Mitt Romney announced today that he would release his tax returns for 2011, boosting the transparency of his personal economic dealings to a whopping two years. The Republican candidate for President of the United States previously released only his 2010 returns and an estimate of last year’s filing.
This comes just days after Mother Jones released a secretly taped recording of Romney at a fundraiser in May, when the former Massachusetts governor said the following:
“There are 47 percent of the people who will vote for the president no matter what. All right, there are 47 percent who are with him, who are dependent upon government, who believe that they are victims, who believe the government has a responsibility to care for them, who believe that they are entitled to health care, to food, to housing, to you-name-it—that that’s an entitlement. And the government should give it to them. And they will vote for this president no matter what. ... These are people who pay no income tax. ... [M]y job is not to worry about those people. I’ll never convince them they should take personal responsibility and care for their lives.”
Aside from saying that half of the people in this country feel like victims who don’t “care for their lives,” much of Romney’s comments were misleading if not flat-out false. Many of the people who pay no income tax are senior citizens and families in poverty, which make up a fair share of people who—against their own interest—plan to vote for Romney. And I’m not sure when the day arrived that health care and food became “entitlements”—especially for someone as “devout” as Romney, who pays an effective tax rate of just 14 percent while donating millions to the Mormon church—but let’s get away from the national scene and drill down into our local candidates’ economic dealings.
Each candidate for San Jose’s City Council is required early in the race to submit a Form 700, which lists their economic interests within city limits, from salary to stock investments to property holdings (not including the home they live in). According to the City Clerk’s office, the truthfulness of the report is dependent on the filer. The Fair Political Practices Commission (FPPC) instructs the clerk’s office only to receive the report, not audit or investigate.
With just two races going to a November runoff, District 8 and District 10, let’s look at the four remaining candidates’ forms:
District 10: Robert Braunstein vs. Johnny Khamis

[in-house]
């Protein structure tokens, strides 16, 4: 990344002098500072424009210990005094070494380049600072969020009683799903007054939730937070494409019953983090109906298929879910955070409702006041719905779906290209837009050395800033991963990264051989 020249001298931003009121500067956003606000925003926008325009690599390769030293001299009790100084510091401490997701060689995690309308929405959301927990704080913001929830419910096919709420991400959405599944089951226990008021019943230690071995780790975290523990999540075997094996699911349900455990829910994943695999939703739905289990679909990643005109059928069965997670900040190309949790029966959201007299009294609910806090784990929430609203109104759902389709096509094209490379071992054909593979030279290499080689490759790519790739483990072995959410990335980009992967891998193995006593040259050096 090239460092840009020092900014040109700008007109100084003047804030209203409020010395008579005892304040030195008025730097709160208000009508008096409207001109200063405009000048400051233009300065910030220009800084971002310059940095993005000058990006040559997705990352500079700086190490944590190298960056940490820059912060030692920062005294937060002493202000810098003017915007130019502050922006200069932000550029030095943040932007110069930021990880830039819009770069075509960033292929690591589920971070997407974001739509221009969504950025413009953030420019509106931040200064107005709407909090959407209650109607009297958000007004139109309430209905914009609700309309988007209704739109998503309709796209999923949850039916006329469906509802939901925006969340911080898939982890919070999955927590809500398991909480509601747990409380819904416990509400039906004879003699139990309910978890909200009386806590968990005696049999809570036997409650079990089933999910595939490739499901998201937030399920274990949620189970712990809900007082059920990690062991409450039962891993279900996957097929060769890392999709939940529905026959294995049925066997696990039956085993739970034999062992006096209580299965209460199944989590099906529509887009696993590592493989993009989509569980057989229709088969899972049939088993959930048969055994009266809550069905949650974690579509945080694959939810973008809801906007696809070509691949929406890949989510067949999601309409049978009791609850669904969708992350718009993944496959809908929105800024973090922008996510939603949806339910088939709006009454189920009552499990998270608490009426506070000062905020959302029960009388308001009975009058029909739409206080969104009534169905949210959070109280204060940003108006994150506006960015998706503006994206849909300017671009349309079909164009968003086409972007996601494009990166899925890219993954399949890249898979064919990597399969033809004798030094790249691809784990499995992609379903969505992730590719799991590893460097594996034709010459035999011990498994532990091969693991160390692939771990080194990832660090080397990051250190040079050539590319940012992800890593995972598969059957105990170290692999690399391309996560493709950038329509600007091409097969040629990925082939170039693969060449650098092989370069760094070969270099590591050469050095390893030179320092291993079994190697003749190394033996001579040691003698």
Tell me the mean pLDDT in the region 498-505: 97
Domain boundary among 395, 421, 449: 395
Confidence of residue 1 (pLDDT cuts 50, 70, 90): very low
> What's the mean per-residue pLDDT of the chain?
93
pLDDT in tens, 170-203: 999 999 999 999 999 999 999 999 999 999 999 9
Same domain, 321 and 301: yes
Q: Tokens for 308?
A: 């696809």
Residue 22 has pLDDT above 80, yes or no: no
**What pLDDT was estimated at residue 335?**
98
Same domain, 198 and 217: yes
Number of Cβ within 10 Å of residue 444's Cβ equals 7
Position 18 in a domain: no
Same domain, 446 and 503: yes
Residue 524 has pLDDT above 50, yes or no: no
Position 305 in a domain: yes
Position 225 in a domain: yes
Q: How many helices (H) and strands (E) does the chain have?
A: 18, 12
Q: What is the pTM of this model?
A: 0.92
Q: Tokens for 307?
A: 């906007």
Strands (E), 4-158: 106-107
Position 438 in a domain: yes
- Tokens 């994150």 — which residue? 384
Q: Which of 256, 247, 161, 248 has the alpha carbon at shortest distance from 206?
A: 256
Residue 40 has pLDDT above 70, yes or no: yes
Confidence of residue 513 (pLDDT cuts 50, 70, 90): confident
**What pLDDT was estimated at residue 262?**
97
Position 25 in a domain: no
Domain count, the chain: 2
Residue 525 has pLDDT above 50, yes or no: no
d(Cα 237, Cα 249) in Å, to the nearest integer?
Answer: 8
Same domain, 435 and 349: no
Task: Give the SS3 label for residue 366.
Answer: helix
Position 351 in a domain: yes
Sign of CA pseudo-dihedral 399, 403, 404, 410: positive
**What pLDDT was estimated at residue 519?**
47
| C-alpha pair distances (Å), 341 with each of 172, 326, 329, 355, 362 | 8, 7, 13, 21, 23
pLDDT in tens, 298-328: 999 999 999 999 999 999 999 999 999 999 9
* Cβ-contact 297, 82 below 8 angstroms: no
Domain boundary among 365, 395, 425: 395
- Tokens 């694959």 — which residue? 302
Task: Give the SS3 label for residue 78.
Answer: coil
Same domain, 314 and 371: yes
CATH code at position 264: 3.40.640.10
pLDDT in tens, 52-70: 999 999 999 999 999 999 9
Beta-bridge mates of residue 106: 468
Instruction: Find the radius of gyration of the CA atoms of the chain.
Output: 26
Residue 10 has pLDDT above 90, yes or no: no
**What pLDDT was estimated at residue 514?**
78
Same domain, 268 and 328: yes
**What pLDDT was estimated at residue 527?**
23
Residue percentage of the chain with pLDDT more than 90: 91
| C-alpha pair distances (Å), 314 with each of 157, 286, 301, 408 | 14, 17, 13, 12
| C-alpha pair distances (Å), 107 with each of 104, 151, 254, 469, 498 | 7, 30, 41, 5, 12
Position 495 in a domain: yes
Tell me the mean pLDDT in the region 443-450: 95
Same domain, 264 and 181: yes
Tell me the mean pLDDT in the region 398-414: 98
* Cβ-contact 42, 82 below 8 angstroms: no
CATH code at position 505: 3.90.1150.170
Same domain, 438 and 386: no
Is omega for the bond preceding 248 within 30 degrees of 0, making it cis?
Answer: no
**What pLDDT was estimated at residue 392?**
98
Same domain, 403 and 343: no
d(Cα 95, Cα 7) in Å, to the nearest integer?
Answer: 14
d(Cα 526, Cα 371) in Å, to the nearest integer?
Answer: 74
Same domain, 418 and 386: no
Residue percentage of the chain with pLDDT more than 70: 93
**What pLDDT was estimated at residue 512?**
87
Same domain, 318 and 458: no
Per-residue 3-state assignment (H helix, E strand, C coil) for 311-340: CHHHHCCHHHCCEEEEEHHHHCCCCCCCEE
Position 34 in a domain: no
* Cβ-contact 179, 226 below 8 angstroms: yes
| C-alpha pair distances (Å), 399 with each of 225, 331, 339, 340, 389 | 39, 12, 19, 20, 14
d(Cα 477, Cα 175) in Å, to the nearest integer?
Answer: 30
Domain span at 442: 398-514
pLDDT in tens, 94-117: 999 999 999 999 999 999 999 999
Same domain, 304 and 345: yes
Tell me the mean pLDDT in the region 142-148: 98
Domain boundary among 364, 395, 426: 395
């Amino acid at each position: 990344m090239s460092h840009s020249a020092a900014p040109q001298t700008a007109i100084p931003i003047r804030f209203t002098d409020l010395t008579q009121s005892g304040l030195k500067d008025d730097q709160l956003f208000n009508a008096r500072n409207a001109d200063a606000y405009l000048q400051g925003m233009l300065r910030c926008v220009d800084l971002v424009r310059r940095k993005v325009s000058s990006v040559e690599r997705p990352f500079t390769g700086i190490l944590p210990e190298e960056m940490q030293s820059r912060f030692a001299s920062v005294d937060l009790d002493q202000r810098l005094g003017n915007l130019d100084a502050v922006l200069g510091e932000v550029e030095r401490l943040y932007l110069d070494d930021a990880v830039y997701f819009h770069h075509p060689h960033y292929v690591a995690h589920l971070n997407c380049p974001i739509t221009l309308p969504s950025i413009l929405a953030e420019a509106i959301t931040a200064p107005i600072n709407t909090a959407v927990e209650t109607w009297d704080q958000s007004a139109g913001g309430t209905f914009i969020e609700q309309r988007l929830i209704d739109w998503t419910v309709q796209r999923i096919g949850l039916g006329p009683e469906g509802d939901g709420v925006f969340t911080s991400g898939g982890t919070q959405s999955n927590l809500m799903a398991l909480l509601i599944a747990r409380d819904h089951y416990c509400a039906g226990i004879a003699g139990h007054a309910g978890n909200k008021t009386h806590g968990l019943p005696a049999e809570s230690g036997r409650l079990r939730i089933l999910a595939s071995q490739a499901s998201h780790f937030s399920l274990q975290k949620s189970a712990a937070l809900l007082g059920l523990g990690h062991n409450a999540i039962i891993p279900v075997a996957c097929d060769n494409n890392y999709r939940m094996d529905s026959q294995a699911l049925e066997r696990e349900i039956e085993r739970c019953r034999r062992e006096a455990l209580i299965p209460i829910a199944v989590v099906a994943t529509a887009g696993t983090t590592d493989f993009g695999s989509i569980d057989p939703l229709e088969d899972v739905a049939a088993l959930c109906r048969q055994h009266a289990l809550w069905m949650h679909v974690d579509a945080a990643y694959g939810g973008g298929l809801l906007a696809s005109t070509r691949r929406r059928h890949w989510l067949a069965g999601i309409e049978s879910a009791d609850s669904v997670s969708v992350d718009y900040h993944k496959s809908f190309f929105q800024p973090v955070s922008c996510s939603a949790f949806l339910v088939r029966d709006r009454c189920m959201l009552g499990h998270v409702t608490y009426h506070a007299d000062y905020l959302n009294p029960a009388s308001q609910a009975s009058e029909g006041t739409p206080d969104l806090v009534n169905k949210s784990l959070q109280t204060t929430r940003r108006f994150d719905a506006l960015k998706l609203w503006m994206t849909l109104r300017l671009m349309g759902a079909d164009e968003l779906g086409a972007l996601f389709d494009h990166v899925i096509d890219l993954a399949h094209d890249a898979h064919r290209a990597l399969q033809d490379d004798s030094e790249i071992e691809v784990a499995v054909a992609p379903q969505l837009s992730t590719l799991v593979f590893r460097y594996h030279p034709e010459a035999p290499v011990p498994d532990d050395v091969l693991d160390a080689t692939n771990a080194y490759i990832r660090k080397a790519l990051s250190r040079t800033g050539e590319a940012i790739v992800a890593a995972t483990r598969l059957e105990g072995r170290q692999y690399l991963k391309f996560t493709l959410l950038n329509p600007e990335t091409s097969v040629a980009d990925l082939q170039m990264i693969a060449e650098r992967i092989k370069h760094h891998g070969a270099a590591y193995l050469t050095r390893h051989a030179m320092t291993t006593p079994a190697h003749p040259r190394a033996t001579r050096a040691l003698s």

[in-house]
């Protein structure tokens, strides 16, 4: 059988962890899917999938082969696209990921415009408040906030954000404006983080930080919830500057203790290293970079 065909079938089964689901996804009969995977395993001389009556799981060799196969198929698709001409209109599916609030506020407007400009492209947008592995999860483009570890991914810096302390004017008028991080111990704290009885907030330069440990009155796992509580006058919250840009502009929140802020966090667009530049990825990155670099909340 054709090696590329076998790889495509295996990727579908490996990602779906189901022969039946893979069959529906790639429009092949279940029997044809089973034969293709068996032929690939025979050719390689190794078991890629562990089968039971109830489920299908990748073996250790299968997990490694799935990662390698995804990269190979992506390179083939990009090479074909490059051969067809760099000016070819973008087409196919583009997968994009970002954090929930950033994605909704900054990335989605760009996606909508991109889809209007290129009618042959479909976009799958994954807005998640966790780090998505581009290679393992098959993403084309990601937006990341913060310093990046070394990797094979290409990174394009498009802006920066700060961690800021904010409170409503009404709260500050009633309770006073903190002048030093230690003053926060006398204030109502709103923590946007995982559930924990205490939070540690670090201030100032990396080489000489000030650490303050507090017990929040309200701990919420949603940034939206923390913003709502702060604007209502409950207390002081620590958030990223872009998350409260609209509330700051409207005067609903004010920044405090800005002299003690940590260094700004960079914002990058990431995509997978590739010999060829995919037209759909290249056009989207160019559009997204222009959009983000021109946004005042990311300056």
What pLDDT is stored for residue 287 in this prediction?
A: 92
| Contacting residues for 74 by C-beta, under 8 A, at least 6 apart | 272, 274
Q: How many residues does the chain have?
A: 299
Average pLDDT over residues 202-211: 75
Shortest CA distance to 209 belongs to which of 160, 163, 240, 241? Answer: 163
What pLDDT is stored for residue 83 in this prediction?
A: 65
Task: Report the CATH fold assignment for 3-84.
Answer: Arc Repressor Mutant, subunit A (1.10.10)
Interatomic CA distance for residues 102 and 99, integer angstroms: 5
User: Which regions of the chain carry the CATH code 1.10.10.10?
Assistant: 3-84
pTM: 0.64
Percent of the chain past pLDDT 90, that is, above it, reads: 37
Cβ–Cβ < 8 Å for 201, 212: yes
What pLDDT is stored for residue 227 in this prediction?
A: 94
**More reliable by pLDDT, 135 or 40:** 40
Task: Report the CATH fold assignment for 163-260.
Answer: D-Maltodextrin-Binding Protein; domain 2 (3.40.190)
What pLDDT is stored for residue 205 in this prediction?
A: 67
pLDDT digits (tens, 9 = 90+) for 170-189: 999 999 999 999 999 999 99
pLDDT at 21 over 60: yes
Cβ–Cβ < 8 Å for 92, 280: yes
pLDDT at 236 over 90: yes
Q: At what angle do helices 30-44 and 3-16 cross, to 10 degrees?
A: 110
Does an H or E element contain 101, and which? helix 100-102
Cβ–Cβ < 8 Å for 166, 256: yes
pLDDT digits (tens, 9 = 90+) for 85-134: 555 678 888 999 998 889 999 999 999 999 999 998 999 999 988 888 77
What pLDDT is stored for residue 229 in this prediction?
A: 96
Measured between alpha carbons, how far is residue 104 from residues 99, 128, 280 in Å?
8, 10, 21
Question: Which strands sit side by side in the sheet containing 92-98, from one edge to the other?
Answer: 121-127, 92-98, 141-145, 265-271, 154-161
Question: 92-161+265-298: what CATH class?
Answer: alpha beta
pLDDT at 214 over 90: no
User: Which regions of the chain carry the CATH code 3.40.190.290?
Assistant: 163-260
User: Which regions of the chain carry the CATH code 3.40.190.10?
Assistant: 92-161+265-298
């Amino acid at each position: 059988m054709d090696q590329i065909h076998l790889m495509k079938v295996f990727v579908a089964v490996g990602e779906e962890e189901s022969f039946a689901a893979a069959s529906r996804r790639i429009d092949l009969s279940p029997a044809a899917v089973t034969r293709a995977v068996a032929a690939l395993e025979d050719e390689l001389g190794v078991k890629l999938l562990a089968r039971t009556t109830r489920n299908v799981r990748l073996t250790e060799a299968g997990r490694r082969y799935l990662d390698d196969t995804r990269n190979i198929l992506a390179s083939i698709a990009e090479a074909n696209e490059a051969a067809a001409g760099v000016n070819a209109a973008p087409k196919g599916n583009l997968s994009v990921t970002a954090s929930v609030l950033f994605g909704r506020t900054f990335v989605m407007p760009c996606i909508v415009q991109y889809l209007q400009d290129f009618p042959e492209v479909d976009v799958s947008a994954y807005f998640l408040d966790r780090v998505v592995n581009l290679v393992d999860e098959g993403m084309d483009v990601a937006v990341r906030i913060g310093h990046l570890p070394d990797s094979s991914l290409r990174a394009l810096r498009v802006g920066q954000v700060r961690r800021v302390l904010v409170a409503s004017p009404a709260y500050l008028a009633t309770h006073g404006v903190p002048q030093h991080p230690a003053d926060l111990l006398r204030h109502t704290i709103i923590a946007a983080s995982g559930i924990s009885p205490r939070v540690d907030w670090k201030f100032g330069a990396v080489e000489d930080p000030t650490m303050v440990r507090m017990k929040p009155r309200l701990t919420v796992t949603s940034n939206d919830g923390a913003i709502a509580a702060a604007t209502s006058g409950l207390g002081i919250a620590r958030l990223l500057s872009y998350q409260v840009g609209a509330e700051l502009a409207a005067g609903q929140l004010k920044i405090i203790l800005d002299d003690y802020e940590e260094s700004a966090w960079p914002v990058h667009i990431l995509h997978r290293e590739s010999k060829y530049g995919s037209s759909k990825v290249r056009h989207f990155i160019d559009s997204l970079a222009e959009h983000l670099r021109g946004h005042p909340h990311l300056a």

According to Robert Braunstein’s Form 700, his production company, Annabelle Productions, which puts on the high school sports show Cal-High Sports Bay Area, earned him a personal salary between $10,001-$100,000 last year. The company itself made more than $100,000, with sources of income over $10,000 including the San Jose Sharks, Wells Fargo Bank and Bank of the West.
He also owns property near Alma Avenue worth between $100,001 and $1 million, which netted him rental income between $1,001 and $10,000. Braunstein’s wife, Ann, also had her income listed on the forms, because she works for San Jose Unified School District. Ann’s salary was listed in the same range as her husband’s.
Braunstein and his wife hold stock in the following companies:
— ADP stock valued between $2,000-$10,000.
— Cisco stock valued between $2,000-$10,000.
— Ford Motor Company stock valued between $10,000-$100,000.
— GE stock valued between $2,000-$10,000.
— Corning Inc. stock valued between $10,000-$100,000.
— Merck & Co. stock valued between $2,000-$10,000.
— Microsoft stock valued between $2,000-$10,000.
— Oracle stock valued between $2,000-$10,000.
— Pfizer stock valued between $2,000-$10,000.
— QQQ Powershares stock valued between $10,000-$100,000.
— Intel stock valued between $10,000-$100,000.
— Yahoo stock valued between $2,000-$10,000.
Johnny Khamis earned between $10,001 and $100,000 for his role as vice president of Western International Securities, located in downtown San Jose, as well as income in the same range from his insurance brokerage, Johnny Khamis Insurance. Khamis also listed ownership of stock in insurance brokerage Western Benefits Solutions in the range of $2,000-$10,000. He listed his business position as CEO. The company reportedly made more than $100,000 in gross income last year.
Khamis’s real estate holdings include a house in Almaden and a home near Communications Hill, each valued between $100,001 and $1 million. The latter home netted rental income in the amount of $10,001 to $100,000. Khamis took out 30-year mortgages on both homes
District 8: Rose Herrera vs. Jimmy Nguyen
Rose Herrera, the incumbent in District 8, made $87,507.72 in salary during 2011, according to the city’s annual salary database. In her form 700, she reported stock holdings from the following sources:
— Sonasoft Corporation stock valued between $2,000-$10,000.
— Cisco stock valued between $2,000-$10,000.
Herrera also listed property she owns in the Alum Rock area that resulted in $0-499 in gross income received. She did not list the fair market value of the property.
Jimmy Nguyen didn’t report any economic interests on his Form 700. Nguyen, who said he lives in a house with his brother currently, last worked for Santa Clara County as a mediator after passing the State Bar of California exam in 2011. (Toni Taber, of the City Clerk’s office, told San Jose Inside that listing income received from local government entities is not required because it is already public record.)
Nguyen says he made “less than $5,000” in income last year. When asked how he affords to live, Nguyen said, “Credit cards,” admitting that he has racked up a fair amount of debt.